Terry Crews Talks Brooklyn Nine-Nine, Toxic Masculinity, & Deadpool 2 on The Daily Show
The actor is a powerfull ally in the #MeToo Movement
Terry Crews is many things: a former NFL star, a visual artist, a gifted comic actor, and now an increasingly important male voice in the #MeToo Movement. For me, he will always be Julius Rock on Everybody Hates Chris, one of the all-time great television dads. Crews appeared on The Daily Show to promote his role as Bedlam in Deadpool 2, and discussed other topics like the surprise cancellation-turned-renewal of Brooklyn Nine-Nine and the current state of toxic masculinity.
When the #MeToo Movement rose to prominence last year, Crews was one of the only male voices to discuss his personal experiences with harassment. Crews alleged that WME agent Adam Venit groped him at an awards show party in 2016, which the D.A.’s office ultimately decided not to pursue. Since then, Crews has pursued his own lawsuit against the agency and has been speaking out on the hazardous effects of toxic masculinity.
When host Trevor Noah asked Crews why it was so important to him to share his story, Crews said, “Women have been talking about this for thousands of years, like ‘help us, help us’, and men have turned off. It’s one of those things where they’ve stopped listening. What I’ve discovered was, when my story broke, it allowed people to see the times their lines got stepped on- you get tricked into thinking it’s part of the job.” Crews added, “success is the warmest place to hide…successful people know that they can get away with this, its a qualifier for sexual assault.”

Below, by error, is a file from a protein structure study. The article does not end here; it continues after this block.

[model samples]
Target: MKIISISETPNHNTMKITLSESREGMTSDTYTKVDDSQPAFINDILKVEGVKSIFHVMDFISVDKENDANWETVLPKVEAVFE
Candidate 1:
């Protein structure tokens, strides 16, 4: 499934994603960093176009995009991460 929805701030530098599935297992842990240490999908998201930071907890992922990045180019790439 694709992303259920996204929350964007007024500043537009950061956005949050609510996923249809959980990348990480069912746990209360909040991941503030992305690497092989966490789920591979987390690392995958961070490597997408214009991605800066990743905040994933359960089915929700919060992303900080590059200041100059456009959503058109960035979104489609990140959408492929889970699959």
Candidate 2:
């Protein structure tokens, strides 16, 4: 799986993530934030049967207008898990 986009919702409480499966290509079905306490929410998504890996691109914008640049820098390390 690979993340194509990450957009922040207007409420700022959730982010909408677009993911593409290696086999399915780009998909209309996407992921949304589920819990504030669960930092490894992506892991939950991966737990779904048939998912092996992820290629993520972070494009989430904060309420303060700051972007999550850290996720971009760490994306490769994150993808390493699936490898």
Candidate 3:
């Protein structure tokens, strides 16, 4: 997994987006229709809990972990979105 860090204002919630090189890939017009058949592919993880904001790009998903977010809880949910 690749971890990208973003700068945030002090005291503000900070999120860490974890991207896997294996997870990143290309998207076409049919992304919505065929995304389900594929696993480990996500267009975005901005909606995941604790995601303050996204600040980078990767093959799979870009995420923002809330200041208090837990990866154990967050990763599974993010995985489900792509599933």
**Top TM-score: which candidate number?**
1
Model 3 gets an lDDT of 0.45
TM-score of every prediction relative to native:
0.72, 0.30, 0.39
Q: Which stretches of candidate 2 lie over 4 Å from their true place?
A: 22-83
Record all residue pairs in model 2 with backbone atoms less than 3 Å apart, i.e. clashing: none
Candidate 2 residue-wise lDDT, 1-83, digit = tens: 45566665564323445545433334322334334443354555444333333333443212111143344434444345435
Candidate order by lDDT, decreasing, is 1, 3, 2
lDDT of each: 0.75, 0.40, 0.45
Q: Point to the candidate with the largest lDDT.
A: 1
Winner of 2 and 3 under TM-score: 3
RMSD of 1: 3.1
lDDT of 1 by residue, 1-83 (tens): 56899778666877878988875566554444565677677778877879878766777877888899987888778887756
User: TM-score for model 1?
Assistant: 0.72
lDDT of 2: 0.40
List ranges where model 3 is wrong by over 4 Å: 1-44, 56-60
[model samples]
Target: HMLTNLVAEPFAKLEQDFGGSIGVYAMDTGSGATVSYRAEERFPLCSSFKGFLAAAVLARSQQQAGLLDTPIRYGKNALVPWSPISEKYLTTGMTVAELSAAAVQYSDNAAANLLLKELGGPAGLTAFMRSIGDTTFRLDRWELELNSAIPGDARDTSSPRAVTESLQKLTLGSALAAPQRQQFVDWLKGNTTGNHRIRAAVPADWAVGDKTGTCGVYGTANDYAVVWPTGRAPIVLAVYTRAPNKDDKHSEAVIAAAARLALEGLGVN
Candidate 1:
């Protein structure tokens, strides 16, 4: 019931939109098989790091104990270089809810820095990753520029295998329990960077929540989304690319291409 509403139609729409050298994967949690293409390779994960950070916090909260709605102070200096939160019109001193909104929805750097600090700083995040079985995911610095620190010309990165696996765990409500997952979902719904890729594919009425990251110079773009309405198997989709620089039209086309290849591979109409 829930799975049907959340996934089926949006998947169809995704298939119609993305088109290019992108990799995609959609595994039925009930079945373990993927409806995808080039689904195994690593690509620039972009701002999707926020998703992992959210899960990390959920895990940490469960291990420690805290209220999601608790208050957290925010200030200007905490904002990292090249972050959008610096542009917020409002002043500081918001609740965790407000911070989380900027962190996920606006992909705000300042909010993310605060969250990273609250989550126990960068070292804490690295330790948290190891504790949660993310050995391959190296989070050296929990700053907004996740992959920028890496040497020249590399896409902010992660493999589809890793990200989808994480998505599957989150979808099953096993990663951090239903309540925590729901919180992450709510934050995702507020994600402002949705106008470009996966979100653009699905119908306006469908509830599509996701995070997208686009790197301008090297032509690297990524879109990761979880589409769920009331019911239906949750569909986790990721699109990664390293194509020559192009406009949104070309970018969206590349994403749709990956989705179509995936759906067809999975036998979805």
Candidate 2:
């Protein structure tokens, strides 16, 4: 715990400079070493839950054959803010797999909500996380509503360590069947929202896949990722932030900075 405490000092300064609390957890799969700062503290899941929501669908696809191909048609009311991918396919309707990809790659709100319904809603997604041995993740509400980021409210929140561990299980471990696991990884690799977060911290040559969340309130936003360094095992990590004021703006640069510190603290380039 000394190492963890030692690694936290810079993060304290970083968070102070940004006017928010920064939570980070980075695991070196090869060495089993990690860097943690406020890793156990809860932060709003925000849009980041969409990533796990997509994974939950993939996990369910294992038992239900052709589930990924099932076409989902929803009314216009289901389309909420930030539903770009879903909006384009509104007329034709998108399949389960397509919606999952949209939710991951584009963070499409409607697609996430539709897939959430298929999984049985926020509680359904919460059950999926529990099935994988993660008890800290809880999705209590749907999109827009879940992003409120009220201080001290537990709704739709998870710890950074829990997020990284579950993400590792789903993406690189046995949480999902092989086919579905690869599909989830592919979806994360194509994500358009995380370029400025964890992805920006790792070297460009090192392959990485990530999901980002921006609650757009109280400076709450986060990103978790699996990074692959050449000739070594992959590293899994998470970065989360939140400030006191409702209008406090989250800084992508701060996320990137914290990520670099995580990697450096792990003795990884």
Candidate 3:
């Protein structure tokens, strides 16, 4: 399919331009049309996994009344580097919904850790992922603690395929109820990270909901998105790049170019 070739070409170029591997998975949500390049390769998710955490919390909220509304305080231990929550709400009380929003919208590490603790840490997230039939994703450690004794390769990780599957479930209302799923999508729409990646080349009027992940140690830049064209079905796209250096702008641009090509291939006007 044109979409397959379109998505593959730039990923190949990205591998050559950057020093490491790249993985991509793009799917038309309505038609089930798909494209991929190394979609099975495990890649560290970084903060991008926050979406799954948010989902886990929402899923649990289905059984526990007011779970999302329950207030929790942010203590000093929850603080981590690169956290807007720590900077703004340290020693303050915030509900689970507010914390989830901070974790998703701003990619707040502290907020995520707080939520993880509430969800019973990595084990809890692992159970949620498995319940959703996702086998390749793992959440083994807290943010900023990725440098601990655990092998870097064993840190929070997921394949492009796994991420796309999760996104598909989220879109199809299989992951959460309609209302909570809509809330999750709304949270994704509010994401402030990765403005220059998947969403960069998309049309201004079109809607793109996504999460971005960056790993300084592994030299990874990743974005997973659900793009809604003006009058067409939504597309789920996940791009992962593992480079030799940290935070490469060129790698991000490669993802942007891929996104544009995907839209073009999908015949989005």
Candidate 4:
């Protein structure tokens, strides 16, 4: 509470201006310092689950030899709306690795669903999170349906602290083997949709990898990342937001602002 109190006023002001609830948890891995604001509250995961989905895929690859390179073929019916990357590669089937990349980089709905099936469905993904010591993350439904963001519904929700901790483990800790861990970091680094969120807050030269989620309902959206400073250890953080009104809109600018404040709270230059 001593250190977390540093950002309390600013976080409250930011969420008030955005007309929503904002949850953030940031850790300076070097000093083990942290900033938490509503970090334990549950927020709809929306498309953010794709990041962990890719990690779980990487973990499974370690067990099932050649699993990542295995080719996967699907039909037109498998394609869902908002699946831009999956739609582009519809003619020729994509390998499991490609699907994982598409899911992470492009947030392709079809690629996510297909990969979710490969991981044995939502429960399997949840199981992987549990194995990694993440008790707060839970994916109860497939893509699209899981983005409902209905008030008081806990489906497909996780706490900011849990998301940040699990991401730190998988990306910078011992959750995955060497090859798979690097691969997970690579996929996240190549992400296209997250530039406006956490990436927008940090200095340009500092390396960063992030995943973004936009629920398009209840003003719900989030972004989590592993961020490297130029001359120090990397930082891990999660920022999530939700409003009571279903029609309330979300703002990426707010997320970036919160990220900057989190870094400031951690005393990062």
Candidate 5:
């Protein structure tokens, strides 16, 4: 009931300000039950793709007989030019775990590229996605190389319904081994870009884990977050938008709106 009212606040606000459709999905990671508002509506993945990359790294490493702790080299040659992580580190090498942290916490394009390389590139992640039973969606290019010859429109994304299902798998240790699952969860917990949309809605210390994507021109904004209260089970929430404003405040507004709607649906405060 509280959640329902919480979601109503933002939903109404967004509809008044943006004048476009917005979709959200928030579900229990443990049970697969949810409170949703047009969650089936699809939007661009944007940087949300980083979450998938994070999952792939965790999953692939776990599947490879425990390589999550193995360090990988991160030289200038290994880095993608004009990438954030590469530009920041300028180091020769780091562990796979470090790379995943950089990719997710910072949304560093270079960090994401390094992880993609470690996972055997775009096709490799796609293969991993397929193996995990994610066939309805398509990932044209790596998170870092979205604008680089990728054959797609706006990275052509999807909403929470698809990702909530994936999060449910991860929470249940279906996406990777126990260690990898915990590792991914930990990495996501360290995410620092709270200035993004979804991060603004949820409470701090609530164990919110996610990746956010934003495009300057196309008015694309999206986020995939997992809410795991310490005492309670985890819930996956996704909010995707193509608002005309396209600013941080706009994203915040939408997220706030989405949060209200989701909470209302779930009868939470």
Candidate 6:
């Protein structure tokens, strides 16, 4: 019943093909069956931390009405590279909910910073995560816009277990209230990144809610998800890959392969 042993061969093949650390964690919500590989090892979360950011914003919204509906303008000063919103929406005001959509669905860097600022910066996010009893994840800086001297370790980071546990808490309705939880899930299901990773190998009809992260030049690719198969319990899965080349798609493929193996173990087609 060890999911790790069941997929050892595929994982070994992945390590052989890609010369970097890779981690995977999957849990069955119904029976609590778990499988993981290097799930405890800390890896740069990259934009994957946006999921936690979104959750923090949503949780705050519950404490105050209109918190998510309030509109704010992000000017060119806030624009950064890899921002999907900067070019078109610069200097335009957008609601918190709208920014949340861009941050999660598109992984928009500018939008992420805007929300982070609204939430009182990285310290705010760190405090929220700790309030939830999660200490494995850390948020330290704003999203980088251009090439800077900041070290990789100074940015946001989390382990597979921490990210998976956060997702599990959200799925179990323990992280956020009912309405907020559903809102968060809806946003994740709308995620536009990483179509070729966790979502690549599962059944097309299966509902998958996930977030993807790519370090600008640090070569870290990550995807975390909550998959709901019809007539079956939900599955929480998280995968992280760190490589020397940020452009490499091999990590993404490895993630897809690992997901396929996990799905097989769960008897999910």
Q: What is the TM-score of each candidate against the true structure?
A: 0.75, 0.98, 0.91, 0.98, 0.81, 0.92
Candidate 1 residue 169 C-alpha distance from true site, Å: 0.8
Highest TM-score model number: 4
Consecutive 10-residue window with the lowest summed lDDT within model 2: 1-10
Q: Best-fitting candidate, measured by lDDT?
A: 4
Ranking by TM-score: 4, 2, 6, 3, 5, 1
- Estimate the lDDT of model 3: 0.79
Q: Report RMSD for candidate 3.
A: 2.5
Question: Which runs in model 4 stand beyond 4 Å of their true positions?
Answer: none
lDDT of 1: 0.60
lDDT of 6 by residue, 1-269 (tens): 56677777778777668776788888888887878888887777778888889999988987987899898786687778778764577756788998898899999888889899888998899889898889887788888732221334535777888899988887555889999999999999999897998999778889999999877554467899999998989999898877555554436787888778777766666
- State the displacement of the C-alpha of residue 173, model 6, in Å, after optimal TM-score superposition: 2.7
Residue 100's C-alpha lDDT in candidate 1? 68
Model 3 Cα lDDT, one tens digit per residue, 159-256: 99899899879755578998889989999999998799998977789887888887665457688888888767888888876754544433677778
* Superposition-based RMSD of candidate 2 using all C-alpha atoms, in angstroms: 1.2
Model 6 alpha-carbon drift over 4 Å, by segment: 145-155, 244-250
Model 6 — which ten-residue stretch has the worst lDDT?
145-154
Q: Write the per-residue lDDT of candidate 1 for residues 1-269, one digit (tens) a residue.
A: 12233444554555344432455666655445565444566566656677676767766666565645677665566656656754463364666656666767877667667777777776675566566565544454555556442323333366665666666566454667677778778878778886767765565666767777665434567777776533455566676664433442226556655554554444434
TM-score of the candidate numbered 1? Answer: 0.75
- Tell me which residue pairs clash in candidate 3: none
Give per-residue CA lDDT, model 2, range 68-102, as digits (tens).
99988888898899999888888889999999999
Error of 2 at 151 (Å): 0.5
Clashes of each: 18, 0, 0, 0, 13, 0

Crews has been talking about masculinity for years, even writing a book about it in 2014 called Manhood: How to Be a Better Man or Just Live with One. In the book, he discusses his struggles with pornography addiction, his abusive alcoholic father, and his journey to becoming a more vulnerable human. Since then, Crews has been a powerful ally in the fight against toxic masculinity, calling it “a cult” in his appearance at the Women in the World summit.
For years, the fight against sexual harassment and assault has largely been a conversation among women. In the wake of Time’s Up and the #MeToo Movement, men have been suspiciously silent. To truly combat toxic masculinity and change our culture we need men and women to participate, and men especially need to start calling other men out and effecting change. They need to commit to something more substantial than wearing a trendy lapel pin on a red carpet. Here’s hoping the men of Hollywood take a page out of Terry Crews’ book.
(via AV Club, image: FOX)
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